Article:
It's important to remember, however, that whatever word you choose to replace it, be sure it can match spiritual intention of the original word. Righteousness means being right with God. You are good with God. You are living your highest self, making choices and taking actions that reflect your highest path, with sincerity and authenticity - for you in this moment. This does not mean that you are 'being good.' It means you are honestly and openly listening for the lessons and experiences that are leading you to move foward in your purpose here. Sometimes this doesn't look like you think it should. But your heart knows.

Years ago, when my son was young, I was literally compelled to travel alone each weekend to the mountains of Idaho, many miles from civilization, to work with cowboys. It was as if being pushed, like an energetic force was moving me. I couldn't quiet the need to do it.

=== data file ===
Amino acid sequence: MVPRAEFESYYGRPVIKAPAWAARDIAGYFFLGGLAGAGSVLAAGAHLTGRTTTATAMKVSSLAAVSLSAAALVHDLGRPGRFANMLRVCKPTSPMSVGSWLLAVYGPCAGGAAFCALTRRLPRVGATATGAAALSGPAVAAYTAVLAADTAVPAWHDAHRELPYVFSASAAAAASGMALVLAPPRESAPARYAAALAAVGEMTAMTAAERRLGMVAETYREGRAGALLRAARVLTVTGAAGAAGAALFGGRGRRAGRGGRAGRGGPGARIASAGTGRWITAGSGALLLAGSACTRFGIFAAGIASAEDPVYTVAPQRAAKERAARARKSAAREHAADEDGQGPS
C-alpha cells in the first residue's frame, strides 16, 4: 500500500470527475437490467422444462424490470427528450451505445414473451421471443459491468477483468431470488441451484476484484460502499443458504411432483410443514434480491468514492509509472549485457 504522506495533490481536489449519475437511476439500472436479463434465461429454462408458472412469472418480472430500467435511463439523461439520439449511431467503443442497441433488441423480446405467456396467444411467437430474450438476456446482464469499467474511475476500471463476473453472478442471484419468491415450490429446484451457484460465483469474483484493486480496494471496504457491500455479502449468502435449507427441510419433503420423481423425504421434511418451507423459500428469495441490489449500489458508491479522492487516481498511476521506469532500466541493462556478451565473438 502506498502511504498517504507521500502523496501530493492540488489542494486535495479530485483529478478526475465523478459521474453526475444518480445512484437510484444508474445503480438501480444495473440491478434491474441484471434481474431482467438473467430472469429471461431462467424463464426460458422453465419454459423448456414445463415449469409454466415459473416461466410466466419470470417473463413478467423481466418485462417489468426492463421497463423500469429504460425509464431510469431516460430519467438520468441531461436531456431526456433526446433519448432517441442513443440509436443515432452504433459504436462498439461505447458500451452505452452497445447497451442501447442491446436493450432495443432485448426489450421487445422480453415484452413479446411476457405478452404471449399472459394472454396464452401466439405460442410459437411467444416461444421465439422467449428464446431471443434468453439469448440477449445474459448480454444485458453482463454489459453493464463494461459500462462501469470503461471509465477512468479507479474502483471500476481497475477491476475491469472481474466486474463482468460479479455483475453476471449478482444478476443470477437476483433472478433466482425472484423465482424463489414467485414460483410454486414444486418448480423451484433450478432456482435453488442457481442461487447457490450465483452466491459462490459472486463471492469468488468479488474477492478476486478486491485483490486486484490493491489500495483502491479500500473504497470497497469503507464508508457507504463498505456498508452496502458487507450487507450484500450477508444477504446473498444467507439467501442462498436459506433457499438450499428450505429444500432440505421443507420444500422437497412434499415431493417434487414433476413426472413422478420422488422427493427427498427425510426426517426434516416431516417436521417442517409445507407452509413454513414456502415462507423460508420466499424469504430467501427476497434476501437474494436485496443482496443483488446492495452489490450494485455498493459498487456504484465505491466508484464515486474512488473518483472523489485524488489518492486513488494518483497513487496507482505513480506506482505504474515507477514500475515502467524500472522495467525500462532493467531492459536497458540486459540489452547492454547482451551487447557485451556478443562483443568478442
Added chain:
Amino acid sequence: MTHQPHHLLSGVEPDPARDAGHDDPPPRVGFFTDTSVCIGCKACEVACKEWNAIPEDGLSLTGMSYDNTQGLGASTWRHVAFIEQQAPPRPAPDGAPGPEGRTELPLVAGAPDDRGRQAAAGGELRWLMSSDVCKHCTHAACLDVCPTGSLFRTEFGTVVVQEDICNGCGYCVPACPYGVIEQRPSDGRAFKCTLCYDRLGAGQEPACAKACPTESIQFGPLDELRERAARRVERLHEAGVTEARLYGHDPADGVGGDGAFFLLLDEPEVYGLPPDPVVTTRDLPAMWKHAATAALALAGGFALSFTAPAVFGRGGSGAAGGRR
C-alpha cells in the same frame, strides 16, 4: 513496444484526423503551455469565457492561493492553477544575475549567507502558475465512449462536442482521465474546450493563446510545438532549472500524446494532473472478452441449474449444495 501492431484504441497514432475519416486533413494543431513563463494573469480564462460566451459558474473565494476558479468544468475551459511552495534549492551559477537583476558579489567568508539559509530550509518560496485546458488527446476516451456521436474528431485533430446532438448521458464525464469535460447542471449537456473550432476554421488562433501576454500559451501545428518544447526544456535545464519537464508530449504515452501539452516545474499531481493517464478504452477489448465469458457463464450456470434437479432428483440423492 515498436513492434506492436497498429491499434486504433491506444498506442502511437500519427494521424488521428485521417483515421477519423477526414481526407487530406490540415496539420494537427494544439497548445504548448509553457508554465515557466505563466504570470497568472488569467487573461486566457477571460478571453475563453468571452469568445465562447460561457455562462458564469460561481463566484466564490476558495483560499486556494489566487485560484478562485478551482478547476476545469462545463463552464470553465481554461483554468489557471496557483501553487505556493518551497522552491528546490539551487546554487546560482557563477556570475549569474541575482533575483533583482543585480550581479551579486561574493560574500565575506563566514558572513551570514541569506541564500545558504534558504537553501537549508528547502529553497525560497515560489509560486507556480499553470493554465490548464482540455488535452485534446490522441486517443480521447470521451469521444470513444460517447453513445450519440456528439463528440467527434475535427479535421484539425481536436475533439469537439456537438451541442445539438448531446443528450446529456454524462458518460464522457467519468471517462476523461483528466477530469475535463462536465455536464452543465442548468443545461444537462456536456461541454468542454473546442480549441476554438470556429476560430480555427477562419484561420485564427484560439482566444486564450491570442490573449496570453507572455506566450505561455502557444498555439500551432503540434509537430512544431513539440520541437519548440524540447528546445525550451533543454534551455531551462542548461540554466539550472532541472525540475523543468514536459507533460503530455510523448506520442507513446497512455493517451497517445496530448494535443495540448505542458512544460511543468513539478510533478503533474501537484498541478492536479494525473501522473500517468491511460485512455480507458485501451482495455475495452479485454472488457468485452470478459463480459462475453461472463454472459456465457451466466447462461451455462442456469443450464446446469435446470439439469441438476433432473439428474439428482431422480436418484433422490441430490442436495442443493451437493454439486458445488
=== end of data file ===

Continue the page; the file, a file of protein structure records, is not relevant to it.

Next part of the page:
The cowboys and I were teaching each other about our cultures, which were polar opposite. They immersed me in their life of riding horses, herding cows, and living simply. I told them about urban life and an environmentalist's passion for the earth. By sharing their lifestyle, they showed me what it meant to live interdependently with the land. To my surprise, they lived in relationship with it. They were not observers. The local Native American tribal members taught me this too, even if the culture looked different. It was in their blood, unlike me and my city friends. We looked at it, walked on it, protected it. They were in relationship to the earth in ways I couldn't begin to relate to. Not yet, anyway.